About three years ago, an impoverished community in Nicaragua was touched for the first time by Feed My Starving Children’s food program. The squatter’s community consisted of displaced families who set up black plastic bags for shelter in an area where there was no discernible sanitation system. Heavy plastic bags sheltered the families from the severe wind and rain, but also became sweltering and dangerous homes when cooking was done indoors.

There outside of Jalapa, Nicaragua, a humble church, which included community leaders, started to reach out to children who lived in these desperate conditions. By pooling all their resources, and finding more community leaders to volunteer to help, the church was able to open a small children’s’ feeding center covered by a makeshift shelter in the center of the community. Starting slowly, and with a little help from people from Kids in Crisis and others, the center grew and eventually opened several days a week to serve hungry children who were at risk of malnutrition.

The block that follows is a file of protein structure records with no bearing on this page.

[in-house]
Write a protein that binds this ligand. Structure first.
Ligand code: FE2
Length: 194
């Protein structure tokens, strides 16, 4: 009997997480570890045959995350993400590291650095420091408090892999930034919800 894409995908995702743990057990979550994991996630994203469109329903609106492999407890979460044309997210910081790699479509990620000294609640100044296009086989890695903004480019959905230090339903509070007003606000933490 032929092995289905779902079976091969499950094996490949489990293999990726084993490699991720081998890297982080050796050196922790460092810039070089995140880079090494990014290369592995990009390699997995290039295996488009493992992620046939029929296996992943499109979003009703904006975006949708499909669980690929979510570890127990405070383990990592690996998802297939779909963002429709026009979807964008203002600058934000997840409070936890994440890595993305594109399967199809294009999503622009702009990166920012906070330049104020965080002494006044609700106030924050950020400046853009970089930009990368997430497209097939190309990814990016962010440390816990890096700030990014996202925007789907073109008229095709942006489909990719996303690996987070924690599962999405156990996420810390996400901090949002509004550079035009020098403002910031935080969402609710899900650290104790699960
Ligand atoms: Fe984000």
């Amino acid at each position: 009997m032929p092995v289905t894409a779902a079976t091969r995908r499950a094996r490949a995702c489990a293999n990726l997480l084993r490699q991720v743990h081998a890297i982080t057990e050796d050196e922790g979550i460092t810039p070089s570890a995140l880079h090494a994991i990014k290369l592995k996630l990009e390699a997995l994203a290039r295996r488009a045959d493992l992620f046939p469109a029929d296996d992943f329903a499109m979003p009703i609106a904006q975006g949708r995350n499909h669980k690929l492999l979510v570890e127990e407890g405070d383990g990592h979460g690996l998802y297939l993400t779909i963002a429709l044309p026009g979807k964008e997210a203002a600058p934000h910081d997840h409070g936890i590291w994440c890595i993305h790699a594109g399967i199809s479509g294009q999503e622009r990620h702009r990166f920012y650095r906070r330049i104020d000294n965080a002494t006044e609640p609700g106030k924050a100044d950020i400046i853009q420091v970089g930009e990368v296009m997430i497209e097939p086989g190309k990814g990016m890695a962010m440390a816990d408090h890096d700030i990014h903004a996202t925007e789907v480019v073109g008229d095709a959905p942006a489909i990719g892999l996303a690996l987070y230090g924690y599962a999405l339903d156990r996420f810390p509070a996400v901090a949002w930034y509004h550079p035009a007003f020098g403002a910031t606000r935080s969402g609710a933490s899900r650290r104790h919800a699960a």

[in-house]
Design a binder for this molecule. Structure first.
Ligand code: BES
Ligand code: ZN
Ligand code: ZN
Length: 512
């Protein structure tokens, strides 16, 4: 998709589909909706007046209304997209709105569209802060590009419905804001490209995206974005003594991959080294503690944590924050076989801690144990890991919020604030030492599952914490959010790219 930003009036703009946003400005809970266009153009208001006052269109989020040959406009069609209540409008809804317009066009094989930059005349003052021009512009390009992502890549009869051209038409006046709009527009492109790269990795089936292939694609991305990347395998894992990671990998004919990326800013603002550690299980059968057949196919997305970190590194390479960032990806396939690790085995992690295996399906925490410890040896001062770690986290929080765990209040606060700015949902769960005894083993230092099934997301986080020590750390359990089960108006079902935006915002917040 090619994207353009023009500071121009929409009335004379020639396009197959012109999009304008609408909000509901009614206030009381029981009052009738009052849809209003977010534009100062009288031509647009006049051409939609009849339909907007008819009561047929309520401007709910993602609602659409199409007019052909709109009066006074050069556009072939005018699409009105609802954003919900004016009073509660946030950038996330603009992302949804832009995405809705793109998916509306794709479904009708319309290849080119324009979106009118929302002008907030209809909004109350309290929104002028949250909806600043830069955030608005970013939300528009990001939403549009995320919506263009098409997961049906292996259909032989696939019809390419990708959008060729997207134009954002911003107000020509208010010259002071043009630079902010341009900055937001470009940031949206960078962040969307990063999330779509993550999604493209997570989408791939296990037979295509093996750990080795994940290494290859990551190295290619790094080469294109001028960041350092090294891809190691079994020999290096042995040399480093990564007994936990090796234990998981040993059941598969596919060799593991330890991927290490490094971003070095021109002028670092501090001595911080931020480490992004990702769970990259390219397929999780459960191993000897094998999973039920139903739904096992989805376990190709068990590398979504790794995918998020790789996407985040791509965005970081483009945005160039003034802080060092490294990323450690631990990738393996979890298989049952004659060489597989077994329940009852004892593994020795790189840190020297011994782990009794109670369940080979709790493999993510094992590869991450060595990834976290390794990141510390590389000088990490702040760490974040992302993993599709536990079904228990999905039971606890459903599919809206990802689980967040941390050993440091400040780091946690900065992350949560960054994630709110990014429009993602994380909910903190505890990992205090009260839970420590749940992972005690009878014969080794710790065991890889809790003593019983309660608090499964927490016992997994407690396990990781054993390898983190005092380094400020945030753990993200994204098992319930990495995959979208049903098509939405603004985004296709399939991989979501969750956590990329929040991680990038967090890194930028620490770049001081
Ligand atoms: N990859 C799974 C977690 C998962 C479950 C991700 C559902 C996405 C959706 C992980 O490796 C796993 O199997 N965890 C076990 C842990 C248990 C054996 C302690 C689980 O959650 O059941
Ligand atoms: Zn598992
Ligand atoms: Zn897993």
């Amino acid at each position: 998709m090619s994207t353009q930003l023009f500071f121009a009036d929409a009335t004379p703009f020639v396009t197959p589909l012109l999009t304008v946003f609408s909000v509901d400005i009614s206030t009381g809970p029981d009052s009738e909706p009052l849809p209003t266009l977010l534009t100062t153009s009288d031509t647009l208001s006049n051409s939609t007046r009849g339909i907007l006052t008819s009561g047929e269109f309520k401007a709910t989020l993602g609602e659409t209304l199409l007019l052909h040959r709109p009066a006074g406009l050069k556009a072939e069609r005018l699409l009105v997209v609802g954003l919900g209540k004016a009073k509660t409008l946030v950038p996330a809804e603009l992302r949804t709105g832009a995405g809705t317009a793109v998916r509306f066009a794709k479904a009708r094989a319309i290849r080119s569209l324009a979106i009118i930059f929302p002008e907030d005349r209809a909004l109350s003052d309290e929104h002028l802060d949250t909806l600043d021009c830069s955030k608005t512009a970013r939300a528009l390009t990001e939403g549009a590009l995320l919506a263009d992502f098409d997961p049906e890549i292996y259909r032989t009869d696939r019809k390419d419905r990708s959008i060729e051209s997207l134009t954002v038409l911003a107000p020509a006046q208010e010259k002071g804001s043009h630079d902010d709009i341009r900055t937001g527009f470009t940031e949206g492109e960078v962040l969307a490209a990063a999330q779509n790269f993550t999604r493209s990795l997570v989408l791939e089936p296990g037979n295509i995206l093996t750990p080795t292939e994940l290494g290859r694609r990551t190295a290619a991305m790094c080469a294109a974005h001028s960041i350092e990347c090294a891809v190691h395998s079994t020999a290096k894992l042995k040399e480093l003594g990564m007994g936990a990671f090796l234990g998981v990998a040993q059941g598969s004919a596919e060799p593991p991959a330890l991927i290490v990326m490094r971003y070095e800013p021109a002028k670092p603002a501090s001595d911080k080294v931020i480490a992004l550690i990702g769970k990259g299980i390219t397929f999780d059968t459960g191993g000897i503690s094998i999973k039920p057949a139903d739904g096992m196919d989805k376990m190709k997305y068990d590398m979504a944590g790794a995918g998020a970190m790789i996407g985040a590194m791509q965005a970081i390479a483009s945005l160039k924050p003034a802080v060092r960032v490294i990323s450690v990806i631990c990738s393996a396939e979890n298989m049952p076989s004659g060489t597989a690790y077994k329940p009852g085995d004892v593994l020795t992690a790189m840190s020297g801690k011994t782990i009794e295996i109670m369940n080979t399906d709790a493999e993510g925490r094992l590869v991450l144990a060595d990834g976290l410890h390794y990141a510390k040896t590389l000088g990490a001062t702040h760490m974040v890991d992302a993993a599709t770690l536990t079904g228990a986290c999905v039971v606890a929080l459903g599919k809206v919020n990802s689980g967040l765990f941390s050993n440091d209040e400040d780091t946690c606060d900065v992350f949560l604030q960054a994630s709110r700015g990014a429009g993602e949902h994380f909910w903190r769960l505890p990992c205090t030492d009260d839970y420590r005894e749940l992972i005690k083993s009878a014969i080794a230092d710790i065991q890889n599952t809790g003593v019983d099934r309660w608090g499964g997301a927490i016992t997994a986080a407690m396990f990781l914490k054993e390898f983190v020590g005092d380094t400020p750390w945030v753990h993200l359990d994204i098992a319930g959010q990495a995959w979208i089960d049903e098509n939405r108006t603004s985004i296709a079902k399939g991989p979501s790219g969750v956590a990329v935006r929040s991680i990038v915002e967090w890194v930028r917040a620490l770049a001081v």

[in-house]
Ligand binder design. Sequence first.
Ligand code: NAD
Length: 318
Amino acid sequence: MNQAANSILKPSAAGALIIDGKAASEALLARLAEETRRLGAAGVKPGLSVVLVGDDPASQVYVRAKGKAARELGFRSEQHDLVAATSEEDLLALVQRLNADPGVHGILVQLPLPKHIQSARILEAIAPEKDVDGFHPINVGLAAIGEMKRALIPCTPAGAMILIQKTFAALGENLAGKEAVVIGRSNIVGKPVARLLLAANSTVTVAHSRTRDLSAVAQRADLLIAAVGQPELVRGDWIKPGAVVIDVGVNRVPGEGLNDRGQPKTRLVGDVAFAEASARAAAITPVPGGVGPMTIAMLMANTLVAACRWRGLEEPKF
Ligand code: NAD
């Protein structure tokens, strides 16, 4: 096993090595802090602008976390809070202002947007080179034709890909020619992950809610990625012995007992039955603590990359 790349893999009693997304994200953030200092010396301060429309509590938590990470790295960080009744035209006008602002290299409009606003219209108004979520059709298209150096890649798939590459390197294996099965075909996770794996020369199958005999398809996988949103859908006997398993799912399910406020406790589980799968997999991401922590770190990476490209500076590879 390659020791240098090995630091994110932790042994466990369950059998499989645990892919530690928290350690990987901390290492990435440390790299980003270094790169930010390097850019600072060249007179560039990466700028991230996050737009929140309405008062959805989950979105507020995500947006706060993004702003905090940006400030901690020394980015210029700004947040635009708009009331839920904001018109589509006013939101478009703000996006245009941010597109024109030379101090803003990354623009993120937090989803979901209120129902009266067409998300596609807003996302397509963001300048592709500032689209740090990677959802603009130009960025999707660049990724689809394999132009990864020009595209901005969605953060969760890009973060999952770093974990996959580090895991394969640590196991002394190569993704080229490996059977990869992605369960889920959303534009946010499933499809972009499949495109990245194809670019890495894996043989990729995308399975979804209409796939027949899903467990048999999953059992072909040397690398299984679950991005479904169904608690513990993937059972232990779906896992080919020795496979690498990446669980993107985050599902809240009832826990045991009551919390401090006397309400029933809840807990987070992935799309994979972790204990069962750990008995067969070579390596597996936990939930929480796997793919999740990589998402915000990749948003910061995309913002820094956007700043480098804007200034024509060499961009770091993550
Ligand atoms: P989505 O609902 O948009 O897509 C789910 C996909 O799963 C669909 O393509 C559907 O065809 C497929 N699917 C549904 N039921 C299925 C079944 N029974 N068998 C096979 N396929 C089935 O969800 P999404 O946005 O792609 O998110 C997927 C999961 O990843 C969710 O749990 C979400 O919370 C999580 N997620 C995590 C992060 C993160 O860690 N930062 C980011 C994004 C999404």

Three years later, this simple food center has grown and flourished! It is now a small church near the squatter’s community. Inside the walls of this new church facility are children singing songs about Jesus, and moms and dads who also listen to the message of hope. This is a place of peace wear all are welcome regardless of religious background and shining example of what can happen when people come together for a common goal.

A recent trip to Nicaragua by representatives of Kids in Crisis, Flutemaker Ministries, a partner of Samaritans International of Nicaragua and Feed My Starving Children, brought a report back of much good news, thanks to nutritional food available to hungry children. According to workers who see the progress of children eating the nutritious rice, soy and veggie mixture, children who were hungry are now thriving. One worker told me within a few months, he notes that new children who were scrawny and hollow-faced now look happier, have more energy and actually have a little meat on their bones!

feeding line